Opinion: The Return of Eugenia Cooney with Shane Dawson

Let me start by saying this is just my personal opinion and point of view from my own, personal experience. I will not be posting images of Eugenia Cooney prior to her recovery, because I know they can be triggering. You can, however, watch Shane’s video here:

I remember watching Eugenia Cooney on YouTube probably a few years ago. I didn’t even bother to learn her name, because I had already made up my mind: I didn’t like her. And that’s the thing about the internet, you know? We are so quick to judge; we adore fake people that do nothing but play a role or a character they invented and we hate others, not knowing that they are fighting their own, real battles. I never left a hate comment, because that’s not me. But the appearance of Eugenia infuriated me. The fact that she dared to make videos on YouTube in her “condition” made me question her intentions.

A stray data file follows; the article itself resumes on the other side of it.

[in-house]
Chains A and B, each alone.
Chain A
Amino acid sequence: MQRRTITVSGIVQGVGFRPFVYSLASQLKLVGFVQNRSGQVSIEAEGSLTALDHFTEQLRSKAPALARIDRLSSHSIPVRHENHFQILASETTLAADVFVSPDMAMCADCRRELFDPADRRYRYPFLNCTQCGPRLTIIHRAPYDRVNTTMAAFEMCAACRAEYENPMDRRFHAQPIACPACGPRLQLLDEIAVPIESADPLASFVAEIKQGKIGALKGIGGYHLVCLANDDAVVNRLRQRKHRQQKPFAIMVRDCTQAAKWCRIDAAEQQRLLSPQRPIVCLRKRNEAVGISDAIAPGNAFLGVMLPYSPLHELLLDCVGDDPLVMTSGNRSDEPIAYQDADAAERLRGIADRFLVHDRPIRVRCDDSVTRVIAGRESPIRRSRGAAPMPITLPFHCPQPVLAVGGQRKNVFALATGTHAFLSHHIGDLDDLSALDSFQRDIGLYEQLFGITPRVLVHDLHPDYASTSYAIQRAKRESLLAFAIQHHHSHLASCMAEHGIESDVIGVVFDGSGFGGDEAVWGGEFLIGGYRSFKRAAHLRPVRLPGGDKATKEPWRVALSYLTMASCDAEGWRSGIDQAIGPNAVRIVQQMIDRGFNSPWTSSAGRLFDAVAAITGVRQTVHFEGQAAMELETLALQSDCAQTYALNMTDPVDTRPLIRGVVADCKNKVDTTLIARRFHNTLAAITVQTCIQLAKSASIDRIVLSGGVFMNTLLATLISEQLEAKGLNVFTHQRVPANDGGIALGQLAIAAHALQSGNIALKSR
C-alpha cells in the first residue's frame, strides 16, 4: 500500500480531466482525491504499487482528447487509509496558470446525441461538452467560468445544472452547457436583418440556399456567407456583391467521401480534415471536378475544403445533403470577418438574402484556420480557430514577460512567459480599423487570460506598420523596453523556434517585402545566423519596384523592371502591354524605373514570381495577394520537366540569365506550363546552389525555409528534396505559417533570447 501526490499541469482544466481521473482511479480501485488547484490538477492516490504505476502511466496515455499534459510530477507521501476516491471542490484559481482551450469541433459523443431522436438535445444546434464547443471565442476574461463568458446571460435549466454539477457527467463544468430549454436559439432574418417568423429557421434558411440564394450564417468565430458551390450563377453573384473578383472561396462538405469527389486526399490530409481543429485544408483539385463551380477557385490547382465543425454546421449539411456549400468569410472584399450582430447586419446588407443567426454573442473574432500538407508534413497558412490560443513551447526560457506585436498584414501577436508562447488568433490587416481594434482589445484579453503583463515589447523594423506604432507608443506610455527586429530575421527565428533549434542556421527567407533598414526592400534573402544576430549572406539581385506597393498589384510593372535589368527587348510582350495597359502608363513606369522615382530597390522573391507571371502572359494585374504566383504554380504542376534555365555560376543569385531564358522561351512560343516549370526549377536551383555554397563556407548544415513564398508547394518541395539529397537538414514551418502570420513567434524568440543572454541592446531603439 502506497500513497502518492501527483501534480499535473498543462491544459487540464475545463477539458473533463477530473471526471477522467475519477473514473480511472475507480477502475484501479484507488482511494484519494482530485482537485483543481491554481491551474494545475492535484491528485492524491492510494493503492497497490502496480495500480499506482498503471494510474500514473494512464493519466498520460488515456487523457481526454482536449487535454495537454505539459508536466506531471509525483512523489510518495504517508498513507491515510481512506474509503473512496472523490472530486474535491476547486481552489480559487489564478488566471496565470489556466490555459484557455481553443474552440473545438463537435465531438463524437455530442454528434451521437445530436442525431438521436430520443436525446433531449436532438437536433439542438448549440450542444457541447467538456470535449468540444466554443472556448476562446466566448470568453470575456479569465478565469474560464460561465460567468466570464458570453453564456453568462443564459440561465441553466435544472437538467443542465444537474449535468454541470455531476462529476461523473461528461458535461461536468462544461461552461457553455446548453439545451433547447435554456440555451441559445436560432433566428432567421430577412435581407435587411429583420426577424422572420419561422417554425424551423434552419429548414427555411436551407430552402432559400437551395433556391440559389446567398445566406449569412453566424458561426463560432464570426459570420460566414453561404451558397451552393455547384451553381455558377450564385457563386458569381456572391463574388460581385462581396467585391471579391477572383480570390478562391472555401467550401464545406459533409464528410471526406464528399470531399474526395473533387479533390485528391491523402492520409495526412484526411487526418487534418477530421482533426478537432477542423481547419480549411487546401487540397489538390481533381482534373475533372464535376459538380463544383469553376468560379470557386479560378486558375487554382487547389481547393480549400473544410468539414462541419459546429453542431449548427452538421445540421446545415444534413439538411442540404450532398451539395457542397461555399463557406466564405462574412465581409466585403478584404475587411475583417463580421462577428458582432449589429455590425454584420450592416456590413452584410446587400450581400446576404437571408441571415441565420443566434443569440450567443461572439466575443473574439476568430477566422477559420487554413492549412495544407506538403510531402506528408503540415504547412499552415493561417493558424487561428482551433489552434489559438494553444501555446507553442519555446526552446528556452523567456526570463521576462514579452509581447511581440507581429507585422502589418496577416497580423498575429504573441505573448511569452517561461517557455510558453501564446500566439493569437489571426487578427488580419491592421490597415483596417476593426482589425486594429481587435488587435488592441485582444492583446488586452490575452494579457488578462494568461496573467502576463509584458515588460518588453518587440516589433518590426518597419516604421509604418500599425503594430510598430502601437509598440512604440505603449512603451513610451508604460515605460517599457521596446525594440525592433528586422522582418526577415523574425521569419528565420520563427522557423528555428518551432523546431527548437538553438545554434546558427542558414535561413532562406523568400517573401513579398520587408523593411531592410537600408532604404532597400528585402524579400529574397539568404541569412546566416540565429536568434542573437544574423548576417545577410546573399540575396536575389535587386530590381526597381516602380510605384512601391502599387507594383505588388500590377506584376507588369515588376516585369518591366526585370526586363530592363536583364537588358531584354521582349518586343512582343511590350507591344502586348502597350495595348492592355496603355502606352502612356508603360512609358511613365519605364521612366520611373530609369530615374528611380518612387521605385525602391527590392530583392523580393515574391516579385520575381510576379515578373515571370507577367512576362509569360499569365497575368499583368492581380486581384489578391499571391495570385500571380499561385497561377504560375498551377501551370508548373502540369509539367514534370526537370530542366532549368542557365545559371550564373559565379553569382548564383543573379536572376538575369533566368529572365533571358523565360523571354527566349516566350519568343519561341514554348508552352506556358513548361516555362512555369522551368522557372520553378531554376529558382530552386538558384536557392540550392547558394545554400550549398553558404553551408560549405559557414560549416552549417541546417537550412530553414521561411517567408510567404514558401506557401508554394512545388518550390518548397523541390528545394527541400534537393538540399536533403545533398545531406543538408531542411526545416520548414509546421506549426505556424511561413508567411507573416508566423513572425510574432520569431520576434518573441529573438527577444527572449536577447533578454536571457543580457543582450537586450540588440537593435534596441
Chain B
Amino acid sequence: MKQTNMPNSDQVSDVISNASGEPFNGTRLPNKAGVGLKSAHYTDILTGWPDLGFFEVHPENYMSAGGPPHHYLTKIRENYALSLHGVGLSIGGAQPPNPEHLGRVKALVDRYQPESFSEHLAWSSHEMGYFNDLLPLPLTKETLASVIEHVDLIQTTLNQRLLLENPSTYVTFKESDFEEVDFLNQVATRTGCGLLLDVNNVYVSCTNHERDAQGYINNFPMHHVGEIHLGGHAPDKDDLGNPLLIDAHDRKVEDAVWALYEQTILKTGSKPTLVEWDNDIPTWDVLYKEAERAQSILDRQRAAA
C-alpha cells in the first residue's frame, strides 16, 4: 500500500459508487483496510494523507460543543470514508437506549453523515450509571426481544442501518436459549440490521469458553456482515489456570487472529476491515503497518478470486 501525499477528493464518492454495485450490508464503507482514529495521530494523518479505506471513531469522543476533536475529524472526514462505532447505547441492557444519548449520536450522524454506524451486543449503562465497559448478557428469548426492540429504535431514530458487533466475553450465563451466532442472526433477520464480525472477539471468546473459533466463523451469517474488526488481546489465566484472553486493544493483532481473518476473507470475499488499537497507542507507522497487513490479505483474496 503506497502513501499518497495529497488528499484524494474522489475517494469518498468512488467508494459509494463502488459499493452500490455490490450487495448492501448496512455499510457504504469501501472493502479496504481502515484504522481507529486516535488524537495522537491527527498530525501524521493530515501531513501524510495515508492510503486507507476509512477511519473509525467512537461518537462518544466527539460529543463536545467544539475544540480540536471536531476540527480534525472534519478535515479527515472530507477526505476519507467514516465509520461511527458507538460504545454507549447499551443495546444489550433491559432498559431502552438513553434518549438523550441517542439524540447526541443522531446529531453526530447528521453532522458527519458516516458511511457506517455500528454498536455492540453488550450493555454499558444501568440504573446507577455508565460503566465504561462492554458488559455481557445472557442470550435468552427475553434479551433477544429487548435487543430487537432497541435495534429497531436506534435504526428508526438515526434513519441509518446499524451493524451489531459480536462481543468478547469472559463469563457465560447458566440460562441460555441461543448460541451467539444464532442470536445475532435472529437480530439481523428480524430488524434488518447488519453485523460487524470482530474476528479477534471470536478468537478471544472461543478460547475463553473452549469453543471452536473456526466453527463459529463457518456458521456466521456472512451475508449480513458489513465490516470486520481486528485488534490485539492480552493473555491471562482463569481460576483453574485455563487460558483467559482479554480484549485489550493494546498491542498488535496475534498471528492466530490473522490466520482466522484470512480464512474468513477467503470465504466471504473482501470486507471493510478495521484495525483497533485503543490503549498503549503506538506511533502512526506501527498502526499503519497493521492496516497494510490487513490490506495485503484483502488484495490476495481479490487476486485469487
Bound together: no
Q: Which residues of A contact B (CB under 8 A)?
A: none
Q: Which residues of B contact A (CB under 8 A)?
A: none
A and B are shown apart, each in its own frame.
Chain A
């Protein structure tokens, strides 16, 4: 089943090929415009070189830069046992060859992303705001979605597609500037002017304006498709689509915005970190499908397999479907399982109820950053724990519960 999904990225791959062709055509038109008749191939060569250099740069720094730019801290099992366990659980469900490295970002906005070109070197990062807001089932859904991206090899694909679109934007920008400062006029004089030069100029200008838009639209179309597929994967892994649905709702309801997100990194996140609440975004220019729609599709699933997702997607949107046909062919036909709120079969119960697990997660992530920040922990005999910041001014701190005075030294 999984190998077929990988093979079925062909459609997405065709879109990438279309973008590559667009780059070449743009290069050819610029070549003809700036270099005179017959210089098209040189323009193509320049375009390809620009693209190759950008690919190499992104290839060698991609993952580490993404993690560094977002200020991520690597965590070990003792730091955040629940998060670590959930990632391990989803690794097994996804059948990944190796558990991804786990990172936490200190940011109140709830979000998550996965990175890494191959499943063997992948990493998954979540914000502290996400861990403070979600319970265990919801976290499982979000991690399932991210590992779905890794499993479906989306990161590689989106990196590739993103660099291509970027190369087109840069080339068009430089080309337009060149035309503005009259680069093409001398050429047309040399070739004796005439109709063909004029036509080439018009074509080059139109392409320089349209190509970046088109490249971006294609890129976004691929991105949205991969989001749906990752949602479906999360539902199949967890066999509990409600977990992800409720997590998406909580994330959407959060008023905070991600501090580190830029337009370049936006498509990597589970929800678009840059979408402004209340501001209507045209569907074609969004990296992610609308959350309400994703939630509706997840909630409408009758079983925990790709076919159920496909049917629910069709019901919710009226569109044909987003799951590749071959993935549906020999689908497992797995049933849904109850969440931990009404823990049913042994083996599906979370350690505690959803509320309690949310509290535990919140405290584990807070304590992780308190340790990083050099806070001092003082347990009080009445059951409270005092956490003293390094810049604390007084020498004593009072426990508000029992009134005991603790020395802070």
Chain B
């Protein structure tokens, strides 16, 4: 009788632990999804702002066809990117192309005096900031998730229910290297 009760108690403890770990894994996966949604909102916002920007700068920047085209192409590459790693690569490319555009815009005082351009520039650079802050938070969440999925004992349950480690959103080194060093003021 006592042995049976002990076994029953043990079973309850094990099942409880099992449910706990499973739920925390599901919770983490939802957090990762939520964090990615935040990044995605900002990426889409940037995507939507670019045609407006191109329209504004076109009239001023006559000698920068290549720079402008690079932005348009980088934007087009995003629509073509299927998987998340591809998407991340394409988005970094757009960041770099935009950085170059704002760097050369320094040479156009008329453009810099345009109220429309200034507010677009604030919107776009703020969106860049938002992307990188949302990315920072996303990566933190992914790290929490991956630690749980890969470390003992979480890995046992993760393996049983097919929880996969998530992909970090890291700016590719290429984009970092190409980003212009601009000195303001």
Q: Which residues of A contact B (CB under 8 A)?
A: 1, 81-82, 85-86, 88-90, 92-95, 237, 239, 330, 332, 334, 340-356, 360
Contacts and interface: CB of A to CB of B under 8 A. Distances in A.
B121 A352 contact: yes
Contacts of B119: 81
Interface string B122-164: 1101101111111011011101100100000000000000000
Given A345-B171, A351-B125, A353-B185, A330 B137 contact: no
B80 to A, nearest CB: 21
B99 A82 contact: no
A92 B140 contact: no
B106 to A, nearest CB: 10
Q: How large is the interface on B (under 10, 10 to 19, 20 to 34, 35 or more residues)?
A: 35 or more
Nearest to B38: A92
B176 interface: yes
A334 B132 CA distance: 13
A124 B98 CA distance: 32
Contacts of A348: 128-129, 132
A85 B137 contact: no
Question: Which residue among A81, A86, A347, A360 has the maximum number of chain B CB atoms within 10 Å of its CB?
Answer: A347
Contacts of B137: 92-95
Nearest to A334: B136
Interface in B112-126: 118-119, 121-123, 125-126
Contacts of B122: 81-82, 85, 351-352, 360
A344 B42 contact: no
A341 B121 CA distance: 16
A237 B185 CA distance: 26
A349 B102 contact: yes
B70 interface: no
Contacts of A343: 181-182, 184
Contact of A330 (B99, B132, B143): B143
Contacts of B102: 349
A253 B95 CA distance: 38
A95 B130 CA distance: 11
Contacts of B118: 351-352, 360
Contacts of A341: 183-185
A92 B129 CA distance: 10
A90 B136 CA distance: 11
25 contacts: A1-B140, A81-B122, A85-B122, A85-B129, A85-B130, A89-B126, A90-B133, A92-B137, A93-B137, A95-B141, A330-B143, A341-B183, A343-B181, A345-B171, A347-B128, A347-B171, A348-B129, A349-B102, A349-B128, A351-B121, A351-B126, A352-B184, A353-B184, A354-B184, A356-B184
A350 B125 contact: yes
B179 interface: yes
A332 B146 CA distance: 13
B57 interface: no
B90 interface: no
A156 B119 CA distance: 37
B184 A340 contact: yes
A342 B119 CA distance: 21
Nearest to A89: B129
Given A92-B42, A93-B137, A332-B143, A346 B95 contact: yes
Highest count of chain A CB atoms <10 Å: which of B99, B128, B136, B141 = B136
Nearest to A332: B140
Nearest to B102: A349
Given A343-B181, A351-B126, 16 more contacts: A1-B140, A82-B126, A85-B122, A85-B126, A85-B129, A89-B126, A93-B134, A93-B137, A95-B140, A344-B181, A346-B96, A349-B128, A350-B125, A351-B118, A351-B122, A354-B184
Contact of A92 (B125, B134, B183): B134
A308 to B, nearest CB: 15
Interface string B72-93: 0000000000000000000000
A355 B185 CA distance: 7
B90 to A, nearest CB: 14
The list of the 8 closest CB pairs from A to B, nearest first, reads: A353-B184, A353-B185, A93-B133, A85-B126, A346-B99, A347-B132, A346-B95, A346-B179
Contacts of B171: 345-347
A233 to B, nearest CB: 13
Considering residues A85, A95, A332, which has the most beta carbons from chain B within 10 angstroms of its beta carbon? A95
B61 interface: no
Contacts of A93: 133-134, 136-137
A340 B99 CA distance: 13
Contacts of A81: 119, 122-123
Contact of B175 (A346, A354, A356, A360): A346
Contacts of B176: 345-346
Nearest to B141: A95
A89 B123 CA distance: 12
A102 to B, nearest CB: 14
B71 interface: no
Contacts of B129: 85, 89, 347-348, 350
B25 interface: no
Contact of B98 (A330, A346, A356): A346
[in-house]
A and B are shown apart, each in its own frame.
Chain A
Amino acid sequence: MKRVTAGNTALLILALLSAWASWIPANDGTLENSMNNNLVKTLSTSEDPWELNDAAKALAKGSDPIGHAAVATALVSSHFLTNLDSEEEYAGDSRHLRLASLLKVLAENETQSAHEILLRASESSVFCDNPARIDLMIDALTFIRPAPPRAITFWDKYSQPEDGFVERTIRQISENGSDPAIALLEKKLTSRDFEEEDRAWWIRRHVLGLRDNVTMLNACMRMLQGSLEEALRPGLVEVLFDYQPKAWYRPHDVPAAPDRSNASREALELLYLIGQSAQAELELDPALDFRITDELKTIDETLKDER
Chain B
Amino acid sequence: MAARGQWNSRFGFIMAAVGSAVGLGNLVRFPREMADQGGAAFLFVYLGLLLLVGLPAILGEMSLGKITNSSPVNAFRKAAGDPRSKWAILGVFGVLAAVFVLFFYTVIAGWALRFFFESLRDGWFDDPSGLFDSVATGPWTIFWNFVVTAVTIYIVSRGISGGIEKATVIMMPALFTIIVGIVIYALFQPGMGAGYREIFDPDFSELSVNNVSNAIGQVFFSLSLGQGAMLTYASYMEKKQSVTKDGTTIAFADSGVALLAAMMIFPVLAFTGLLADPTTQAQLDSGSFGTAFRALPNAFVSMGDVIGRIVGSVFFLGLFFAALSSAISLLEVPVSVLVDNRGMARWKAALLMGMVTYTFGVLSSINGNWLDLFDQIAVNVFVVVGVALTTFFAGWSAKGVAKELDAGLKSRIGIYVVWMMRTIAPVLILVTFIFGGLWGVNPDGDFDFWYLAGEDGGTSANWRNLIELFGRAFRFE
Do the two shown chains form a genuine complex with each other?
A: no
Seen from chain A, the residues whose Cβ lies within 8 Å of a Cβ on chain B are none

You see, I had been dealing with an eating disorder myself. I never got to the point of looking extremely skinny or extremely overweight, and to some people I didn’t even look sick; that’s why I was able to get away with it for so long. I was lucky that, in a moment of lucidity, I asked for help and my mom came to my rescue. I never went to rehab; I  recovered on my own, at home. But I’ve struggled with body image my entire life. I’ve never been able to tell the difference between a healthy body and a “good looking” body. I go from questioning every inch of my body, to hating it, to obsessing over girls on magazines and the way they look, to doing harmful things to my body just so that I can look like them. I know what a comment on your appearance can do to your mind for the rest of the day, the week or the month. Even to this day, words I was told about the way I looked when I was 9 years old echo in my mind from time to time. I also know what an image, a picture, or a video can trigger. That’s why I didn’t like Eugenia. I thought she was giving the wrong message to thousands of girls; I couldn’t imagine how many girls would look at her and think it was healthy. Or wish they could look like her. Or say the one thing I told myself: well, I’m not that sick, so I guess I’m ok.